The construction sector was the most bullish for Q1 2019. This was due mainly to continued construction projects (both public and private) at the onset of 2019. Likewise, sentiment of firms in the services sector CI was more upbeat. Among the services sub-sectors, community and social services posted the highest CI, with the optimism emanating largely from medical institutions as respondents noted higher bed occupancy rates in hospitals, enrollment in medical courses, and business expansion. Industry firms’ outlook turned broadly more buoyant across sub-sectors. This excludes agriculture, fishery and forestry, whose outlook turned less buoyant on account of lower production during the lean season.


Mining and quarrying registered the most improved index, with the upsurge in demand for construction materials (e.g., aggregates, asphalt, concrete, paving materials, etc.) due to various infrastructure projects in the pipeline. Meanwhile, the steady outlook of the trade sector stemmed from firms’ expectations that the more favorable business conditions were tempered by the typical slack in demand and lack of sales promotions after the Christmas season, stiffer competition (with the expansion of shopping malls and supermarket chains), and higher fuel costs due to the implementation of the second tranche of the TRAIN Law. 



Looking at the outlook of firms on their business operations, only the construction sector improved for Q1 2019. For the next quarter (Q2 2019), however, expectations of higher volume of business activity were recorded across sectors. 


Employment outlook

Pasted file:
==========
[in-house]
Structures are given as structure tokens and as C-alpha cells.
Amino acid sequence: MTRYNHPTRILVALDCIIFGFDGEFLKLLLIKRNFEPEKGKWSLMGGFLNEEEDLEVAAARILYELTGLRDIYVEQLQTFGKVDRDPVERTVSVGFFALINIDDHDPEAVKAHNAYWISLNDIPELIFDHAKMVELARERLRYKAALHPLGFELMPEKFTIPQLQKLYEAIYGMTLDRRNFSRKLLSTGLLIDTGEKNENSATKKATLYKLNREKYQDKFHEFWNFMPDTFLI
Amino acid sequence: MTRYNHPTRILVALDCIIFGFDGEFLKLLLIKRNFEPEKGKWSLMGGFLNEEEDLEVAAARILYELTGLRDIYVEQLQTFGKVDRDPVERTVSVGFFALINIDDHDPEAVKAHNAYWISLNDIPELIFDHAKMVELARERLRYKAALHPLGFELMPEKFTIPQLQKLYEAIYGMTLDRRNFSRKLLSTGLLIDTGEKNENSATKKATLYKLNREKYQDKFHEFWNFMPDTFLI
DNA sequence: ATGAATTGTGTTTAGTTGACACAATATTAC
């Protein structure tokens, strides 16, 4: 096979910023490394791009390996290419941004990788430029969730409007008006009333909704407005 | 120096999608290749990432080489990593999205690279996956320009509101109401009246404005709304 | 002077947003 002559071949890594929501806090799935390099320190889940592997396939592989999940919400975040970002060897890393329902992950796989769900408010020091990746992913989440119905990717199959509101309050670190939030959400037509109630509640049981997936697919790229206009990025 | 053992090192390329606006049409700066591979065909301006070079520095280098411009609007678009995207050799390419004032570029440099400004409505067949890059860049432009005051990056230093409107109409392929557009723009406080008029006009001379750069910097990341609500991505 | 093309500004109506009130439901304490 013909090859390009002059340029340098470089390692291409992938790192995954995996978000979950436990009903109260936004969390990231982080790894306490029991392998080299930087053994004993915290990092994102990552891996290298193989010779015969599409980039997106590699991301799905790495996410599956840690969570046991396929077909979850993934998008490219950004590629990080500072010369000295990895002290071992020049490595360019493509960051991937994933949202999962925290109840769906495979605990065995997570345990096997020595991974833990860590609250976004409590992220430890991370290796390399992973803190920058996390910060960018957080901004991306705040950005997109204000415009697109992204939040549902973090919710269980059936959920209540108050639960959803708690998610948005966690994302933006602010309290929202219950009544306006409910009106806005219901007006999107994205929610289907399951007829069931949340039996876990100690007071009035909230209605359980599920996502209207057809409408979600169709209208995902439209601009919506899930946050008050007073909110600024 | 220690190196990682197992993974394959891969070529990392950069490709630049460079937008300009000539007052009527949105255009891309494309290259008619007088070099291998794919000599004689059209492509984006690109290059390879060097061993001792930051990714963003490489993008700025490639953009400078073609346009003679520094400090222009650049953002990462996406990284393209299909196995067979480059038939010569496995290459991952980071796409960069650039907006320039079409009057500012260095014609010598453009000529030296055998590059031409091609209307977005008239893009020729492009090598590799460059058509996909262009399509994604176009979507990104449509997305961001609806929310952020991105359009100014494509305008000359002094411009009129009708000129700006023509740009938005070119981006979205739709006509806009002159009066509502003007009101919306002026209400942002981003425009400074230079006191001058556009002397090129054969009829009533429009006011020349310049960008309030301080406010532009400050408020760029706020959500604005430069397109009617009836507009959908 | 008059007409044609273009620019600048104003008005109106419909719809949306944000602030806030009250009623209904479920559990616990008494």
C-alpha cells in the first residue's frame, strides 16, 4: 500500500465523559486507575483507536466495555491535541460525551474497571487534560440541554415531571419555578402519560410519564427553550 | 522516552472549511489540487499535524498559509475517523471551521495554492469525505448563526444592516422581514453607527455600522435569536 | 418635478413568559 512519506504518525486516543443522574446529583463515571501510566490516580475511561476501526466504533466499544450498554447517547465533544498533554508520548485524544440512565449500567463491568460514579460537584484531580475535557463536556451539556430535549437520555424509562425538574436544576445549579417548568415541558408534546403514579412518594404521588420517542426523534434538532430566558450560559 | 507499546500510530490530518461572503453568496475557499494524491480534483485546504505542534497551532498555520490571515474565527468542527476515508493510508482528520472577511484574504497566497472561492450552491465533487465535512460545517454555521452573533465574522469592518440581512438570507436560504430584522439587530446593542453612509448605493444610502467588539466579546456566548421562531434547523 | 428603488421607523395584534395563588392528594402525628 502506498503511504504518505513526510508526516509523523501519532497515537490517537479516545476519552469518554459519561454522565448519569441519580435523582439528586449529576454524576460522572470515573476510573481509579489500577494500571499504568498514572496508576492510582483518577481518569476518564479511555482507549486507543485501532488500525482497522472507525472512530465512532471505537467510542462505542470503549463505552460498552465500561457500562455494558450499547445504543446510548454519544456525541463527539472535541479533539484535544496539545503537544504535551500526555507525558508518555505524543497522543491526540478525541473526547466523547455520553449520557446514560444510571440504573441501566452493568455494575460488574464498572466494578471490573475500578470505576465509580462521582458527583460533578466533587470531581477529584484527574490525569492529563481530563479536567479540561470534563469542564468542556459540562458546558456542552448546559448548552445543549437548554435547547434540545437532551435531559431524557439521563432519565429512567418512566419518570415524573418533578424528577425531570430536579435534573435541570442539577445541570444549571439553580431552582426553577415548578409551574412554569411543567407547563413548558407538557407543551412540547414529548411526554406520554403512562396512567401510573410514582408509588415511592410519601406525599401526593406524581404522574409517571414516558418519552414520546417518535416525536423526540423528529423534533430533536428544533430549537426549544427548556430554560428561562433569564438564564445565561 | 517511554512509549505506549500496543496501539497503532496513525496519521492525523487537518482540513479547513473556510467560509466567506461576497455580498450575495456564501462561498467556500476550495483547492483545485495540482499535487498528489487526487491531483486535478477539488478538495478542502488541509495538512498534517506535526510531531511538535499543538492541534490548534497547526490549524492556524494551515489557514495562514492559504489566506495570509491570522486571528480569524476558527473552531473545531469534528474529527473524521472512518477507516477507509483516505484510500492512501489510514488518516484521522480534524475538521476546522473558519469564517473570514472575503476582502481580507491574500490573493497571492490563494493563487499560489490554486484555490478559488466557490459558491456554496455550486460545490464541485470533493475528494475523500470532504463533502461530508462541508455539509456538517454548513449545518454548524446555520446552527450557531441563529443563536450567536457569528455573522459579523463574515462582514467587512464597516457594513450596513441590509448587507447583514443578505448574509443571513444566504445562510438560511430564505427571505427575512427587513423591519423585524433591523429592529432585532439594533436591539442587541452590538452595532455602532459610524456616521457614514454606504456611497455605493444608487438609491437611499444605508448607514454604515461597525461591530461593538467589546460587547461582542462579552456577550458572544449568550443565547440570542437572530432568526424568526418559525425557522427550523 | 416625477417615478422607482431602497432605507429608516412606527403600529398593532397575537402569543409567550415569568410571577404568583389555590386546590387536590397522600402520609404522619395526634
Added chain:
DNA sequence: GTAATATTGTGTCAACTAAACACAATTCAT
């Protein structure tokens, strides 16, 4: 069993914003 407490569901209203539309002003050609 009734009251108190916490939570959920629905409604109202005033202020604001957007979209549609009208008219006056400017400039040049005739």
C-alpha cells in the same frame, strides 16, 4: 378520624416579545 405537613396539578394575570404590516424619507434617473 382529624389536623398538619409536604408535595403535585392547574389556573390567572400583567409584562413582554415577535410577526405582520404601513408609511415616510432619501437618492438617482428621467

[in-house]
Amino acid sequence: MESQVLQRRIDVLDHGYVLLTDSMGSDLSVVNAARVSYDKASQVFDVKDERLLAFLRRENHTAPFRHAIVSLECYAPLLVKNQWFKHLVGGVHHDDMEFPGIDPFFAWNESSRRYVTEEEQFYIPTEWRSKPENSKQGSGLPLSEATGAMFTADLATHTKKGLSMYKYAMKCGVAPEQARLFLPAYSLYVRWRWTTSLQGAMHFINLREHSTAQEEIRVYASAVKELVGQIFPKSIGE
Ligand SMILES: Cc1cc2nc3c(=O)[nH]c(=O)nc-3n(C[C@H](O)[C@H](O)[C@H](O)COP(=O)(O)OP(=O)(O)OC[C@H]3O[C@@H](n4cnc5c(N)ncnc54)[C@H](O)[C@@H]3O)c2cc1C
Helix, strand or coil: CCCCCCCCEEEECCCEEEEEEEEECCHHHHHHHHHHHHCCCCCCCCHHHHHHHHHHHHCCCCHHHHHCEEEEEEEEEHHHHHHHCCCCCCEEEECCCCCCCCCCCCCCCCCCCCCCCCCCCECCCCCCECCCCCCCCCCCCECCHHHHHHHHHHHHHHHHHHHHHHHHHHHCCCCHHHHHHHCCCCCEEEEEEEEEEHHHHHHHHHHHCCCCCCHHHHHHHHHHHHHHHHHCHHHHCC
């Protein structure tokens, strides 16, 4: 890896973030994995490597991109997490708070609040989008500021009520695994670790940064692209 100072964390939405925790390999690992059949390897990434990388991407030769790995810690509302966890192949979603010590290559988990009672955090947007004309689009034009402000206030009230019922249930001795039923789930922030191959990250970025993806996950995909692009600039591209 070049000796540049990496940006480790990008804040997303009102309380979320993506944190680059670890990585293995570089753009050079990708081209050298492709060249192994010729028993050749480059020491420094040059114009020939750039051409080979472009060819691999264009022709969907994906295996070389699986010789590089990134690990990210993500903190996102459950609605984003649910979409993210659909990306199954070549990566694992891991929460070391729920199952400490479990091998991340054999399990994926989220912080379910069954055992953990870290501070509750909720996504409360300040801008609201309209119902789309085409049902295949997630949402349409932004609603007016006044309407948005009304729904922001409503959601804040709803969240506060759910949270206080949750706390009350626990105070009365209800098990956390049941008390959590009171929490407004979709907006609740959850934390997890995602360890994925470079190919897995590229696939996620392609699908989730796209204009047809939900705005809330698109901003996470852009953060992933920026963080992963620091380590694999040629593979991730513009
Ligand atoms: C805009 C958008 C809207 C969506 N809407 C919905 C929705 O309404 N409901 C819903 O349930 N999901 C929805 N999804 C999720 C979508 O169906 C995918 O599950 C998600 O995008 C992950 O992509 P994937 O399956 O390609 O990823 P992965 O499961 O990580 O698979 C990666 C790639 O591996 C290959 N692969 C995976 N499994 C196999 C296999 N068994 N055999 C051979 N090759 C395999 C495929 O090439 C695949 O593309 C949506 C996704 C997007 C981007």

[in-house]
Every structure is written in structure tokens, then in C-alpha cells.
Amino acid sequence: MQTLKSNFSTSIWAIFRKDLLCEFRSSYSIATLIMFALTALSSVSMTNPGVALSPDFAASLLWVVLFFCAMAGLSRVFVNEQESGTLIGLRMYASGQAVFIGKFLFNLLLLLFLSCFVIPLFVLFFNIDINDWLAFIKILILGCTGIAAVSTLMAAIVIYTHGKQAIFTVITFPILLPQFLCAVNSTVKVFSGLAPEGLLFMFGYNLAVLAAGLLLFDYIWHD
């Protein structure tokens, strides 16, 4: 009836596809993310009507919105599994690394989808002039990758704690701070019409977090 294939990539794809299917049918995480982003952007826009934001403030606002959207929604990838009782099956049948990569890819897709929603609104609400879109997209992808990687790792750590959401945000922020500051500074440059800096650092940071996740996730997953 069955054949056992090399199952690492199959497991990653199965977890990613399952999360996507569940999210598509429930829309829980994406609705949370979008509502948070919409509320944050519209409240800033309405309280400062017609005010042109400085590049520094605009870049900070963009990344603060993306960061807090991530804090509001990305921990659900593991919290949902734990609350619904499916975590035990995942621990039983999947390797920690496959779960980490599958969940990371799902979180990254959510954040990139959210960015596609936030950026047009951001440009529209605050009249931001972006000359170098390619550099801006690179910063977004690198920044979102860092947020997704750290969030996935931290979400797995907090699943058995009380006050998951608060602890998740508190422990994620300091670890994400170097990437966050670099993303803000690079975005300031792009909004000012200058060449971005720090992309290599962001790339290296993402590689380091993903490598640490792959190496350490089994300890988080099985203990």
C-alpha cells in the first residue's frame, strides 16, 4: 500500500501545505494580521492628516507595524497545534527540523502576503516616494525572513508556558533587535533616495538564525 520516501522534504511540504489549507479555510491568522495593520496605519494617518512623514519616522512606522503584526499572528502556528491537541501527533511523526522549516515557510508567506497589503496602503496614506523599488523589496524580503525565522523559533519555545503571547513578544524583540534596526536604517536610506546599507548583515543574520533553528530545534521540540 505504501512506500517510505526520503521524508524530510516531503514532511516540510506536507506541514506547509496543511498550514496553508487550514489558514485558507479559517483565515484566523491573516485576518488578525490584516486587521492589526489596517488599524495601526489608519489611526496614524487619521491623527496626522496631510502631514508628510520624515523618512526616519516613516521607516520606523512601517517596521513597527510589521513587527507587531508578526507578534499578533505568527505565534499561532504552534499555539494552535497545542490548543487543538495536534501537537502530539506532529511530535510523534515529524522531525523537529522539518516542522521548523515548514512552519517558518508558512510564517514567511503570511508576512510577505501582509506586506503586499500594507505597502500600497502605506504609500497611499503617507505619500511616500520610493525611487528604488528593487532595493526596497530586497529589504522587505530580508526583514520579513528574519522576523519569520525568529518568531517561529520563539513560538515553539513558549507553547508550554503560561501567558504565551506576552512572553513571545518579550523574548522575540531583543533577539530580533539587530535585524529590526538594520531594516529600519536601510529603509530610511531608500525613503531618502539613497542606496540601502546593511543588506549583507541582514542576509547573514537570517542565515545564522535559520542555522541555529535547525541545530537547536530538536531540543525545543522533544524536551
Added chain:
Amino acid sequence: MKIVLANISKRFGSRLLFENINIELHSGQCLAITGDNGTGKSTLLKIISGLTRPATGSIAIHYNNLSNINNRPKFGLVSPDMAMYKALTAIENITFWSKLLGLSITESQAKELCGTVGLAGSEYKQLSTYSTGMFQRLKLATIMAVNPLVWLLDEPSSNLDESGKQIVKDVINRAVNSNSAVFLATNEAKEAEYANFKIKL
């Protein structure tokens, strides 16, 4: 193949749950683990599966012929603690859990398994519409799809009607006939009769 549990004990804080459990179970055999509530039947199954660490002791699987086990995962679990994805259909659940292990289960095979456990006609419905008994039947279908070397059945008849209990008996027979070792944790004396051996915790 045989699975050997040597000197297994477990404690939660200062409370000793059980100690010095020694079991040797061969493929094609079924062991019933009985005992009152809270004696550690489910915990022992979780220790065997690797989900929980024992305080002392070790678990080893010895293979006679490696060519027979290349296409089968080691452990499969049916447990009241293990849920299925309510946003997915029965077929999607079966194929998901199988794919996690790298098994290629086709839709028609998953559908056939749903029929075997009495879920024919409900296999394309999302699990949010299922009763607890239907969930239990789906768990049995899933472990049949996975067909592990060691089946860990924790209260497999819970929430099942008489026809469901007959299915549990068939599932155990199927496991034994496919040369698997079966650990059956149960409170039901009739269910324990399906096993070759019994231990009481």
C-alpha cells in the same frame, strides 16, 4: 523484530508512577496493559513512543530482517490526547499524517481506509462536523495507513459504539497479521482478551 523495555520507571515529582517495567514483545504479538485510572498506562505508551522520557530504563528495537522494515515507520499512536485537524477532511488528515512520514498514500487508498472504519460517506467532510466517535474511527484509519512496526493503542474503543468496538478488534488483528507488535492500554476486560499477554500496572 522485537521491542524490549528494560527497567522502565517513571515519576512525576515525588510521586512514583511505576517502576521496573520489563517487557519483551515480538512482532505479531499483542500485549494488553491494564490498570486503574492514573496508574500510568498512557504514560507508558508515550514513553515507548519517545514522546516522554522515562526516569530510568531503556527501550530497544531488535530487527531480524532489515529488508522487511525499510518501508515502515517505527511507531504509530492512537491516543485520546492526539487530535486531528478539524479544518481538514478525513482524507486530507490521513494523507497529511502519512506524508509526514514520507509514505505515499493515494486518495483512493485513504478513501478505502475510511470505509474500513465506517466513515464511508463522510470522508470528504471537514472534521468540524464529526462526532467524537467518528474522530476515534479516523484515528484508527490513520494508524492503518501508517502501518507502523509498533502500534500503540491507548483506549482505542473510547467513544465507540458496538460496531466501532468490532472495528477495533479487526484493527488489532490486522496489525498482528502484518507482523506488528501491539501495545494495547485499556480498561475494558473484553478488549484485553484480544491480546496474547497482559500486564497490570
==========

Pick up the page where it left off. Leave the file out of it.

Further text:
The employment outlook index for the next quarter increased to 29.7 percent from 21.8 percent in the last quarter’s survey. This indicates that the number of firms with hiring intentions increased relative to a quarter ago. 


Expansion down, capacity use up

The percentage of businesses with expansion plans in the industry sector for Q2 2019 declined to 33.2 percent from 36 percent in the previous quarter. However, the average capacity utilization (in the industry and construction sectors) for Q1 2019 was higher at 76.5 percent (from 76 percent for Q4 2018). 

Financial conditions to remain tight

The financial conditions index improved but remained in the negative territory at -7.5 percent for Q1 2019, compared to -10.6 percent in the previous quarter. This means that firms that expected tighter financial 
conditions outnumbered those that said otherwise during the quarter, but the number that said so declined compared to a quarter ago. Firms were of the view that their financing requirements could be met through available credit as more respondents reported ease of access to credit. 


The survey results showed that businesses anticipated inflation to decrease, the peso to appreciate, and interest rates to rise for the current and next quarters. However, businesses expected that the rate of increase in commodity prices will remain above the government’s 2 to 4 percent inflation target range for 2019, at 5 percent for Q1 2019 and 4.9 percent for Q2 2019 (from 6.1 percent and 6 percent, respectively, in the previous quarter’s survey results). Moreover, businesses anticipated that the peso will average at P 52.7 for Q1 2019 and P 52.8 for Q2 2019.



Expectations of higher interest rates, the percentage of respondents that said so decreased for the current and next quarters compared to those in the previous quarter’s survey. 

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Sunday, 25 August 2019